8

I'm seeing that I get a red squiggle under the words asian and european. When I right-click either, it wants to capitalize the word. I wouldn't think a general type of thing gets capitalized, such as "evergreen tree", a type of tree, versus "Blue Spruce", a specific type. I would think I need to capitalize "Chinese" or "German" or "American", but not the broader types of "Asian" or "European".

8

All proper nouns need to be capitalized. I believe you are puzzled over whether "Asian" is a proper noun or not. I don't see why not. We need to define what a proper noun is:

A proper noun or proper name is a noun representing a unique entity (such as London, Jupiter, John Hunter, or Toyota), as distinguished from a common noun, which represents a class of entities (or nonunique instance[s] of that class)—for example, city, planet, person or corporation).

Now, I believe you think that "Asian" is too broad a noun to be called a proper noun, because it seems to represent a class of entities, that is, a group of various people, such as Spanish, French, etc.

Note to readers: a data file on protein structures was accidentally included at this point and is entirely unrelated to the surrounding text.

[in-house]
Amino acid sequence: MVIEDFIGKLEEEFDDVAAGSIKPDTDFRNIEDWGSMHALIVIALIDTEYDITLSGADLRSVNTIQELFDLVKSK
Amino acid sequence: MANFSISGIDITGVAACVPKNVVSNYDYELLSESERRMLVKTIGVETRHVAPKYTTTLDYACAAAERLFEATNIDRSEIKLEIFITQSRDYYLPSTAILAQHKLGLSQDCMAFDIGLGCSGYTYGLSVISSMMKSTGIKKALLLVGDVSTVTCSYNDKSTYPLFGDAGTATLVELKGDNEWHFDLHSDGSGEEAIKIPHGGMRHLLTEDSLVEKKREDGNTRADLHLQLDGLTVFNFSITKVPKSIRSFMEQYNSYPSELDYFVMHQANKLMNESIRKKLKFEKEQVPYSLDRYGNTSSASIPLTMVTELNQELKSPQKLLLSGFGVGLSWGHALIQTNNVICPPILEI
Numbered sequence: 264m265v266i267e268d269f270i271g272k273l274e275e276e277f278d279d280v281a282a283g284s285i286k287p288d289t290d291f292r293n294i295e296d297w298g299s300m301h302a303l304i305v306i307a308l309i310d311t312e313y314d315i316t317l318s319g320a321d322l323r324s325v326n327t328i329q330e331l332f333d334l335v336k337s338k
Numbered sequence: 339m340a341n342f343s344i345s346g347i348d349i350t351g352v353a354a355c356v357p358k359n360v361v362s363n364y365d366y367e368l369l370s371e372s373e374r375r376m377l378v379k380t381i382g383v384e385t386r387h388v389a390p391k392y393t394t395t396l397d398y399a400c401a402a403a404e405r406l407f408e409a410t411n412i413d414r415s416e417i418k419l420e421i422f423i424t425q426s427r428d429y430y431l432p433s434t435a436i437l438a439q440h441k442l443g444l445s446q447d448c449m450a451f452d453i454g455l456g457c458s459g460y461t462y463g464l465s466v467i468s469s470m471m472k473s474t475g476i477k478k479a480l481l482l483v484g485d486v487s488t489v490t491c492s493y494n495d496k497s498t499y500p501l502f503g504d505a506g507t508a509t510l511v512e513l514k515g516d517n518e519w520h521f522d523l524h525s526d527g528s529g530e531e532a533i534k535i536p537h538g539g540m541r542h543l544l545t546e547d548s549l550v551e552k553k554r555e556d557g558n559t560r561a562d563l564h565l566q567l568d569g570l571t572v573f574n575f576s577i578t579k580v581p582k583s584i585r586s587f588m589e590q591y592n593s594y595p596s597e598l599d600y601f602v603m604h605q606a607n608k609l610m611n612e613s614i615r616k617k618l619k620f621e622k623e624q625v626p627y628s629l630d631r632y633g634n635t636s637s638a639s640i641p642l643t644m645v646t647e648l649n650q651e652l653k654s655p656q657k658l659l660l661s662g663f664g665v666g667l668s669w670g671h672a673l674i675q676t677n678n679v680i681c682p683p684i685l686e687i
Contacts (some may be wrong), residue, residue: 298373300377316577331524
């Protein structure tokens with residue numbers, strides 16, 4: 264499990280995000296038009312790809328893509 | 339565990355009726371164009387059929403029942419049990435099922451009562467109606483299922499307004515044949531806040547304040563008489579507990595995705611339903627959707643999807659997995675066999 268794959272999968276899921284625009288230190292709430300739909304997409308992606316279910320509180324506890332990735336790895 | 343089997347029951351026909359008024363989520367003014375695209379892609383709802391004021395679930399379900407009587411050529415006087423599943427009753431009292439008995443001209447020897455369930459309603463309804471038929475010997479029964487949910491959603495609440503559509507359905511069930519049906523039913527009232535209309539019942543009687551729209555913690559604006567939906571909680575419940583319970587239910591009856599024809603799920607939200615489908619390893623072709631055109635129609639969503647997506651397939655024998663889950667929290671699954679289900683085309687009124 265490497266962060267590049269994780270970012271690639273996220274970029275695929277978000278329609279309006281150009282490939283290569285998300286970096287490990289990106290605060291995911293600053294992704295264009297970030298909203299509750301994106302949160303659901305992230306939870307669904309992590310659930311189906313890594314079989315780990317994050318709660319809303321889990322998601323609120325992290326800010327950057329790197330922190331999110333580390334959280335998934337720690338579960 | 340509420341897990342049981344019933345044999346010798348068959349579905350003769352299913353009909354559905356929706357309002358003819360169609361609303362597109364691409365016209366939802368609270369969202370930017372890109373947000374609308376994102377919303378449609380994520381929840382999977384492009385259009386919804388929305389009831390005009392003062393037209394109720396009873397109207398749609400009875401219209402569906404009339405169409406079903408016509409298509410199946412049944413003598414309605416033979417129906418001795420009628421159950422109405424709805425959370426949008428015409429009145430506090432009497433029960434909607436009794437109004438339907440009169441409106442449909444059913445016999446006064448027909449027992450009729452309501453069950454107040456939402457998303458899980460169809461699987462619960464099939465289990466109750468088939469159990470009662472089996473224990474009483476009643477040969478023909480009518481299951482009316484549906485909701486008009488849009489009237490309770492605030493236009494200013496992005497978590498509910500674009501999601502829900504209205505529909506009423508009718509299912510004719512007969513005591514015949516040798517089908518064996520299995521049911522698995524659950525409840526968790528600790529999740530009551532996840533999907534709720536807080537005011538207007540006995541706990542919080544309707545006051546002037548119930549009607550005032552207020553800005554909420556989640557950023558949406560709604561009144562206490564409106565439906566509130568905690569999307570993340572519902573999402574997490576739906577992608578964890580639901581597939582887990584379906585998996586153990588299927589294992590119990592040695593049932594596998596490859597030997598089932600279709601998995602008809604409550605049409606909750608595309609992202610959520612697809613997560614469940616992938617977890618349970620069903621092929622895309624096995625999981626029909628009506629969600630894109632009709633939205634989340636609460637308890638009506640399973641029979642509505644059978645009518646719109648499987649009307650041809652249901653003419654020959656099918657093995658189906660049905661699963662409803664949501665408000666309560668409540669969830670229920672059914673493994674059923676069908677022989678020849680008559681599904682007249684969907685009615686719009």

Does that mean, however, that we shouldn't capitalize "Europe", but should just write it as "europe"? Of course not. "Europe" still refers to a specific place, a continent, and "Europeans" refer to a specific people, the people that come from Europe. And there's only one group of people that comes from Europe, the Europeans.

  • Asia is a proper noun; Asian is a proper adjective. – TRiG Oct 1 '12 at 22:14
0

When using 'Asian' as an adjective, yes, it is capitalized based on the following logic:

"In general, an adjective is capitalized if its meaning is "pertaining to X", where X is some specific person, place, language, or organized group. Most capitalized adjectives are derived from proper nouns; for example, the proper adjective American is derived from the proper noun America."

In this case, Asian and European are proper adjectives, and are therefore capitalized.

-2

Europe and Asia are the proper names of continents. It doesn't matter how general the term is, they are all humans but that isn't the name of the species so isn't capitalised. Homo-Sapiens is the species proper name so is capitalised.

  • The same as tree -> evergreens -> Blue Spruce I would have thought it would be humans -> asians -> Chinese or humans -> euopean -> Germans. Generally set -> sub-set -> specific type. I could see globe -> continents -> Asian. – Justin808 Sep 13 '11 at 20:53
  • 4
    It's Homo sapiens: genus is capitalised; species is not. See en.wikipedia.org/wiki/Binomial_nomenclature – CesarGon Sep 13 '11 at 22:21
  • @CesarGon - opps, not quite sapiens enough ! – mgb Sep 13 '11 at 22:23
  • @Martin Beckett: :-) – CesarGon Sep 13 '11 at 22:28

protected by tchrist Feb 1 '18 at 16:26

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